Voter registration through biometric identification system will cost maximum GEL 102.5 million (about USD 59.6 mln) instead of about GEL 189.8 million (USD 110.4 mln) as claimed by the authorities, a group of opposition parties said on March 7.
Eight opposition parties, which last October presented a joint proposal on election system reform and agreed to speak with one voice during the talks with the authorities on election-related issues, presented their case about biometric registration and its cost before media and civil society groups on March 7.
Introduction of biometric technologies to register and also to identify voters on the election day so that to prevent any individual from multiple voting is one of the key parts of the joint proposal by the eight opposition parties, involving National Forum, Conservative Party, Republican Party, Our Georgia-Free Democrats, Georgia’s Way, New Rights, Christian-Democratic Movement (leading party in the parliamentary minority) and Party of People.
Discussions currently focus on drawing up voter list based on biometric technologies to eradicate duplicate entries in the voter registry; debates currently involve cost and timeframe required for this process.
The authorities plan to launch issuing biometric IDs from June, 2011. According to the calculations, submitted by the ruling party to the election system reform working group, also involving negotiators from the opposition parties, each such ID will about GEL 35.2 (about USD 20.5) and with the current capacity of Civil Registry Agency it can issue maximum of 60,000 biometric IDs per month.
It means that providing over 3.5 million voters, which have been registered in voter list for 2010 local elections, with biometric IDs will require at least five years and at least GEL 125 million (the ruling party calculates that it will require GEL 132.1 million, which is about USD 76.8 mln on the assumption that voters’ number will be over 3.7 million, the figure disputed by the opposition).
The authorities also say that in order to speed up the process so that to provide all voters with ID cards within 14 months (starting from June, 2011 so that to complete the process before October, 2012 when the next parliamentary elections are scheduled according to the current formulation in the constitution), the Civil Registry Agency will need to increase its capacity, including through recruiting additional staff and opening more regional branches, which will require additional GEL 57.7 million (about USD 33.5 mln), thus making an overall cost of 14-month project GEL 189.8 million (about USD 110.4 mln).
But the eight opposition parties say the figure is “overinflated”. They argue that it is possible to cut down cost, including through increasing efficiency of the current capacity available for the Civil Registry Agency. Among other things, for example, the opposition argues that according to the calculations presented by ruling party, each team (consisting of two employees) can store biometric data of only two voters per day; the opposition says that it is possible to increase the figure for at least three fold, which will require recruitment of additional 100 employees, instead of 1,200 as argued by the authorities. The opposition also says that it is possible to cut down cost in other areas of the process, which will eventually lead to decrease of overall figure by at least GEL 87.8 million (about USD 51 million) making the total cost of the project GEL 102.5 million (about USD 59.6 million).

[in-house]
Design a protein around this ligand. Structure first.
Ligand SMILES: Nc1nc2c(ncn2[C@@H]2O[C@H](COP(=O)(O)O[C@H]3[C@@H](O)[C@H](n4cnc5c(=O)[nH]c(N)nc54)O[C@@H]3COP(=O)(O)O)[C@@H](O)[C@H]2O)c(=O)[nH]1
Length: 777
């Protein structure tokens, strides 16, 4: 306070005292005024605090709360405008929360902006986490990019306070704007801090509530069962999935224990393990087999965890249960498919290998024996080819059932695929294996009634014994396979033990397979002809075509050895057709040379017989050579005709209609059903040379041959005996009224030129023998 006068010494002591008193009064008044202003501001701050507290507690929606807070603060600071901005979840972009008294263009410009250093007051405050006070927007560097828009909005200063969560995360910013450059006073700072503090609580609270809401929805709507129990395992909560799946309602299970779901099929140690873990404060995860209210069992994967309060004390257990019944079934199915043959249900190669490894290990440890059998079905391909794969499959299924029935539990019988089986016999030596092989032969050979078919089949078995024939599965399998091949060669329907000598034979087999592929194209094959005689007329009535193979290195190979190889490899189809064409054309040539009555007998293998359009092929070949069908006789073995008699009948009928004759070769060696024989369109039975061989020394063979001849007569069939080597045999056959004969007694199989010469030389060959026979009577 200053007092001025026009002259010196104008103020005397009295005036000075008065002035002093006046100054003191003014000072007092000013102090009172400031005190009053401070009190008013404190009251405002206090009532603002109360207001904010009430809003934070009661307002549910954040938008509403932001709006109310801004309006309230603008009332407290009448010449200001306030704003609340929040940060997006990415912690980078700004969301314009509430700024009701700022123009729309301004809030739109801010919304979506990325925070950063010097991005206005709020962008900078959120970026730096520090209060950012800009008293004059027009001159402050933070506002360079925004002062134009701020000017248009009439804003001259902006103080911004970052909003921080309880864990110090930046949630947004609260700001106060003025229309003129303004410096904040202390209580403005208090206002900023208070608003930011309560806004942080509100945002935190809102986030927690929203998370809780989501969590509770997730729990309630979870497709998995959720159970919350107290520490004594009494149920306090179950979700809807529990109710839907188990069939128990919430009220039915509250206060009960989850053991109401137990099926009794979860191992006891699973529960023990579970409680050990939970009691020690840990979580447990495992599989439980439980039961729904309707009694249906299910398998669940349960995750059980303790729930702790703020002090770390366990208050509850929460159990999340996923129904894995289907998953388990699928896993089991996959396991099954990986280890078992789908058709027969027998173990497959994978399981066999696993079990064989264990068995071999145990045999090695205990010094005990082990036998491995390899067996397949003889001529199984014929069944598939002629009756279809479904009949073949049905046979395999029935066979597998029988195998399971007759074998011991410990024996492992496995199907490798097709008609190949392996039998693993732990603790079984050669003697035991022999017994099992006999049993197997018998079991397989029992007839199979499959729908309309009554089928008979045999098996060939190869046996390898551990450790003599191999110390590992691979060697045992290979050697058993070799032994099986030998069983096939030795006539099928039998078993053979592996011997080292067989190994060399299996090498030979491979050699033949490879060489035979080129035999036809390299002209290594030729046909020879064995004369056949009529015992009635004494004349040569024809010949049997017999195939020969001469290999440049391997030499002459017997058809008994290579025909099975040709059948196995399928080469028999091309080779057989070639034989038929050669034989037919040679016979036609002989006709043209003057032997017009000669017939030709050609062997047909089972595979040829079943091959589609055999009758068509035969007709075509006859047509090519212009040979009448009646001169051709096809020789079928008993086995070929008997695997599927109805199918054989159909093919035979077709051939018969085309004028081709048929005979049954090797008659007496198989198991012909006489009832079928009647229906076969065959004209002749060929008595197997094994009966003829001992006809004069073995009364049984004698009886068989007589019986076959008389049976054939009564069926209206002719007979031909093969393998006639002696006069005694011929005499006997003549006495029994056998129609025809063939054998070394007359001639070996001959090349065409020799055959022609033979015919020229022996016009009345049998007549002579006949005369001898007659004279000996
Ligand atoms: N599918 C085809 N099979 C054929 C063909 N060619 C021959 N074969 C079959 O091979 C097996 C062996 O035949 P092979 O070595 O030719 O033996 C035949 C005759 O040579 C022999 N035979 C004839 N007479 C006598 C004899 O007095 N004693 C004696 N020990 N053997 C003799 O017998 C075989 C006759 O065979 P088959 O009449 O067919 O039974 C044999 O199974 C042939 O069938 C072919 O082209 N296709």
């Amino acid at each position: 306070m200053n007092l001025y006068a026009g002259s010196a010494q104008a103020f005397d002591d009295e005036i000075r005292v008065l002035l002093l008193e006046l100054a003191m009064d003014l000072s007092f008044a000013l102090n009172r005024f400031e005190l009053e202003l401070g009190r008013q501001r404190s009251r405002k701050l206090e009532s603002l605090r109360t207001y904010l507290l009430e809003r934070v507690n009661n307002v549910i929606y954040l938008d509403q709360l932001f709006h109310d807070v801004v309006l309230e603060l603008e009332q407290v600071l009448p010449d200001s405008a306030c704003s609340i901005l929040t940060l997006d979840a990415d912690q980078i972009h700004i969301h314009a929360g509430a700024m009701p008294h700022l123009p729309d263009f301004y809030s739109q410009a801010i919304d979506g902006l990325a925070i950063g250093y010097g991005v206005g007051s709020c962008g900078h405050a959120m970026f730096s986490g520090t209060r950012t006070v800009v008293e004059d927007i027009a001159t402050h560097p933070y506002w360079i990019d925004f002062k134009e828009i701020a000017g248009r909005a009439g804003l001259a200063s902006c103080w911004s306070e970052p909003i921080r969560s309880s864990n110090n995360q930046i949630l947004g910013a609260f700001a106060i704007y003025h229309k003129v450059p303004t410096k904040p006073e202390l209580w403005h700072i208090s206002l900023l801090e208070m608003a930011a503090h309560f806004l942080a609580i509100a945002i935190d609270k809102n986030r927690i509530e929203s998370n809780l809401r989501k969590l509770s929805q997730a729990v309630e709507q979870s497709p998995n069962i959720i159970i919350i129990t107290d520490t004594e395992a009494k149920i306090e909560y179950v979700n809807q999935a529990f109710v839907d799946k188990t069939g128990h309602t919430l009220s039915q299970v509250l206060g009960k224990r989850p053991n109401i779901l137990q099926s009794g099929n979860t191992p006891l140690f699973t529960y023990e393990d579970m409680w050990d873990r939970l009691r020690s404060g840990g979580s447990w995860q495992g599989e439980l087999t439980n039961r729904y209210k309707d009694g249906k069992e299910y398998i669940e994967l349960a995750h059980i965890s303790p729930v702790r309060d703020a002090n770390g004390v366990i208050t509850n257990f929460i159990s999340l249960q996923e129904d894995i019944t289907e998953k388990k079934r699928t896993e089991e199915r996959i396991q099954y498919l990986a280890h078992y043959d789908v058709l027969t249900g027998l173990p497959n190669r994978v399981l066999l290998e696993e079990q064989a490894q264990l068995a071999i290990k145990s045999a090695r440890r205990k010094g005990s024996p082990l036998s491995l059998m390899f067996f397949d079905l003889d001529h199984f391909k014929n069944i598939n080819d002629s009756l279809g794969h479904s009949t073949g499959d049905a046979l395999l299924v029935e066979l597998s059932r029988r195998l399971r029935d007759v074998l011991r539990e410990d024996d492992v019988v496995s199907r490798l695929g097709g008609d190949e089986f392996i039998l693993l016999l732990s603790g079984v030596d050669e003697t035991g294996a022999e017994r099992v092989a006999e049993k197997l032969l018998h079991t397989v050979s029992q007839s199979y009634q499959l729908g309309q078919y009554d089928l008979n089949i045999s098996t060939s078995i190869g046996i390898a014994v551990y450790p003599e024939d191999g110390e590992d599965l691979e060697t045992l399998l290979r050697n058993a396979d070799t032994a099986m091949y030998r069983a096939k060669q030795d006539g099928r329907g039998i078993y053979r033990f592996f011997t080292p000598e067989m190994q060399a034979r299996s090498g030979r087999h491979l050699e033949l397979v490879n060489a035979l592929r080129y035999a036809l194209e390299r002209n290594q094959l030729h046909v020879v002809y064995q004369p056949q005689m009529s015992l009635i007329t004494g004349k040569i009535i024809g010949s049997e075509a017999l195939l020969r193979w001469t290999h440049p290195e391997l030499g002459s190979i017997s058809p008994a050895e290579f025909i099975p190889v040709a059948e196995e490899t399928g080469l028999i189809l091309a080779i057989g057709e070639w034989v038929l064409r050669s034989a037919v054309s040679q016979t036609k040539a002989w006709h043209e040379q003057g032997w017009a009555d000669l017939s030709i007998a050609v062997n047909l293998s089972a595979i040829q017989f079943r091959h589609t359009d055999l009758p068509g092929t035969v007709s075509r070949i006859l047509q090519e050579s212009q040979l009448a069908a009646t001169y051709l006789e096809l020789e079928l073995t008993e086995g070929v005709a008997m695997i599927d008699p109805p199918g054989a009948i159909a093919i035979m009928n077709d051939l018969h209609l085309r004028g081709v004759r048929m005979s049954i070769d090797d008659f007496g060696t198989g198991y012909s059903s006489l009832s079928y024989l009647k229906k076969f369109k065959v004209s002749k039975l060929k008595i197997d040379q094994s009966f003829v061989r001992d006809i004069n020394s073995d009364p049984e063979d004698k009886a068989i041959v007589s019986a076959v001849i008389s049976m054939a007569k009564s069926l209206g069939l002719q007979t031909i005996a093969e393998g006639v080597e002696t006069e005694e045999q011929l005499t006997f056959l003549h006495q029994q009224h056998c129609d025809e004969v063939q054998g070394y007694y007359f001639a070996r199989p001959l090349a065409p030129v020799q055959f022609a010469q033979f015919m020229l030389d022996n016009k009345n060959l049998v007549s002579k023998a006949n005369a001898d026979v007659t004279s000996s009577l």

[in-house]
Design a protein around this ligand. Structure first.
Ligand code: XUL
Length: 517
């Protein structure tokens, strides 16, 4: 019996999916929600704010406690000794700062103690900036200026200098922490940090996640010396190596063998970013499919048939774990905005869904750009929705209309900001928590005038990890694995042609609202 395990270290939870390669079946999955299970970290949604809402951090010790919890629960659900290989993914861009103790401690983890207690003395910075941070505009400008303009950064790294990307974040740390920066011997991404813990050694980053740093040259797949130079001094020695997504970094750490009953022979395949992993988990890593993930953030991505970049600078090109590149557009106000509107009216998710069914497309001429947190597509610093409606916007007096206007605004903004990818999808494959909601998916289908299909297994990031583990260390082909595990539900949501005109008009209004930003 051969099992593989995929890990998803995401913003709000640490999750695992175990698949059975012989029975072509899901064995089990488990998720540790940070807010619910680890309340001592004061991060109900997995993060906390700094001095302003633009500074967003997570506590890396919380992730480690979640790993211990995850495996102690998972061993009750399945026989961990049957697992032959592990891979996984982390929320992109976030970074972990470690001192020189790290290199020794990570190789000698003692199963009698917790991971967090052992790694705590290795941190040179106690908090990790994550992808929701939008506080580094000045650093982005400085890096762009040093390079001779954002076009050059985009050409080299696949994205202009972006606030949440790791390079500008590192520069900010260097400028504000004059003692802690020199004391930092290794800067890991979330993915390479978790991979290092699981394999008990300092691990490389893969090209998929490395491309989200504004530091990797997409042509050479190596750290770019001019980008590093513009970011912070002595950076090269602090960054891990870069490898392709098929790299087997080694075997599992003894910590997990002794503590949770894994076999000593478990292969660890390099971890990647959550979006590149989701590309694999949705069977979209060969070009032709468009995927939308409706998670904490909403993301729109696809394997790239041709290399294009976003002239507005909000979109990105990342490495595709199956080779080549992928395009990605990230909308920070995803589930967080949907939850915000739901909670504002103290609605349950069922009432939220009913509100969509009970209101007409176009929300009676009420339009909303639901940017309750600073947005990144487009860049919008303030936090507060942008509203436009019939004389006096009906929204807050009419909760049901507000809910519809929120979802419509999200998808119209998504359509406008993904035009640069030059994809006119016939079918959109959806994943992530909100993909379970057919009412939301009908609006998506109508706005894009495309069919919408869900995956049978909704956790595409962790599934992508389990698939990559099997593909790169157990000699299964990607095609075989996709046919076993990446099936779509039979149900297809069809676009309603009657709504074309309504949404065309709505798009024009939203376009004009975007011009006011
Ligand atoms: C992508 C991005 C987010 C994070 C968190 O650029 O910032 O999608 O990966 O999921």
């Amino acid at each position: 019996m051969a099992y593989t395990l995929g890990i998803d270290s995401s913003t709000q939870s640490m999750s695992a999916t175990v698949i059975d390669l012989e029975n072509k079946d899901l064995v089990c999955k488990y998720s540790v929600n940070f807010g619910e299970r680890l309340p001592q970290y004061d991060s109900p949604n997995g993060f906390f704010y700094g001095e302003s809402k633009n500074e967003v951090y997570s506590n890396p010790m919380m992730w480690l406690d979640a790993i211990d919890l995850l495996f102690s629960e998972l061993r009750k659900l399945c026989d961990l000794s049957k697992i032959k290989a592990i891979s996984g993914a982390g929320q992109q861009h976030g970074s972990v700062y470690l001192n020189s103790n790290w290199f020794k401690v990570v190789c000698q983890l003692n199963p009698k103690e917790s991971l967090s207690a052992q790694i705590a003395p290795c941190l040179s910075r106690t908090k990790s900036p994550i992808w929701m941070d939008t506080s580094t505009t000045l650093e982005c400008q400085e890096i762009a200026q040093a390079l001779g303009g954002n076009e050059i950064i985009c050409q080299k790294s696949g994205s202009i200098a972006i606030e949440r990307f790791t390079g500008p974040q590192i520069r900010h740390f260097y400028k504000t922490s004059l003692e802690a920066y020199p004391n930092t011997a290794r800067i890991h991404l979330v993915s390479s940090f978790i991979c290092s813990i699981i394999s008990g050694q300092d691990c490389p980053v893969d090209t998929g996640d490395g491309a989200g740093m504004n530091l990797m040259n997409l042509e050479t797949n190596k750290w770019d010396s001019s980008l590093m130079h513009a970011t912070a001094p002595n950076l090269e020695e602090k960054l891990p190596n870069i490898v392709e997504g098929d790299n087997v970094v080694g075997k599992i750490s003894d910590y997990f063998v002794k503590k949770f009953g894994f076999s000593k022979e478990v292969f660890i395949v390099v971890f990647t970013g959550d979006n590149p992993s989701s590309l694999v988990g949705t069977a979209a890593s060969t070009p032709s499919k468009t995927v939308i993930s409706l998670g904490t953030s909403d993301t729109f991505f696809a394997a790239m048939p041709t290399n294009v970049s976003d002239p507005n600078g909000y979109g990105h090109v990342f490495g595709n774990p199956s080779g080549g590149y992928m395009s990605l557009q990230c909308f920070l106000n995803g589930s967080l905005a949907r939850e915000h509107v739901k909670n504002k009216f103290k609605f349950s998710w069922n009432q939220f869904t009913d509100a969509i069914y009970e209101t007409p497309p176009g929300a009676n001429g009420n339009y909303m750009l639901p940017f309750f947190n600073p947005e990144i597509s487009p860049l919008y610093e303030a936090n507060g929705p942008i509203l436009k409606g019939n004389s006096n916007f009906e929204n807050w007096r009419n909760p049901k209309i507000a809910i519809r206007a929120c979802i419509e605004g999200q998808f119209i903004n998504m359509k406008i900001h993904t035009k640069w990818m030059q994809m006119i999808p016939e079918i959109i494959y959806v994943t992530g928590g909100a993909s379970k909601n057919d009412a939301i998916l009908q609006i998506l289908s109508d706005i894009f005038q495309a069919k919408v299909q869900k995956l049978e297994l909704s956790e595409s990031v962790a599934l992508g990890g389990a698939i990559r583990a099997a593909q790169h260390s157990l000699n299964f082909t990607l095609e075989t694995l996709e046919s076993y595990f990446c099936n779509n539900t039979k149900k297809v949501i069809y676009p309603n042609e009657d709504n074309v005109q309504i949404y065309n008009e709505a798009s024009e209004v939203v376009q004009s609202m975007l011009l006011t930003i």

The opposition also says that the cost would be further decreased based on assumption that even the figure of 3.5 million voters is inflated and in fact 3 million biometric IDs will be required, making entire cost GEL 80 million (about USD 46.5 mln). If the procurements needed for the entire project is exempted from value added tax, it will be possible to further cut down entire cost to GEL 66 million (about USD 38.4 mln), according to the opposition.
The biometric voter registry, its cost and timeframe is expected to be discussed at the next meeting of election system reform working group, scheduled for March 9.
Irakli Alasania, the leader of Our Georgia-Free Democrats party, said on March 7, that it would become clear this month whether the authorities really have a political will to improve the electoral system in the country. He also said that final agreement on overall election-related issues should be made by May.
Another issue related with biometric system is holding of election itself based on biometric identification, meaning identifying voters through biometric data on election day. It will require equipping more than 3,000 polling stations in the country with biometric devices, involving fingerprint readers, or facial and iris recognition equipment in order to identify pre-screened voters. Each polling station should also be equipped with sophisticated communication systems to secure unhindered link with central data base where all the biometric information of voters will be stored. Apart of the high cost, skeptics say it will be impossible to secure all the technical requirements the project needs by the next parliamentary elections. The ruling party lawmakers say that possible technical failures such as in communication system, especially in rural areas may impede the entire electoral process.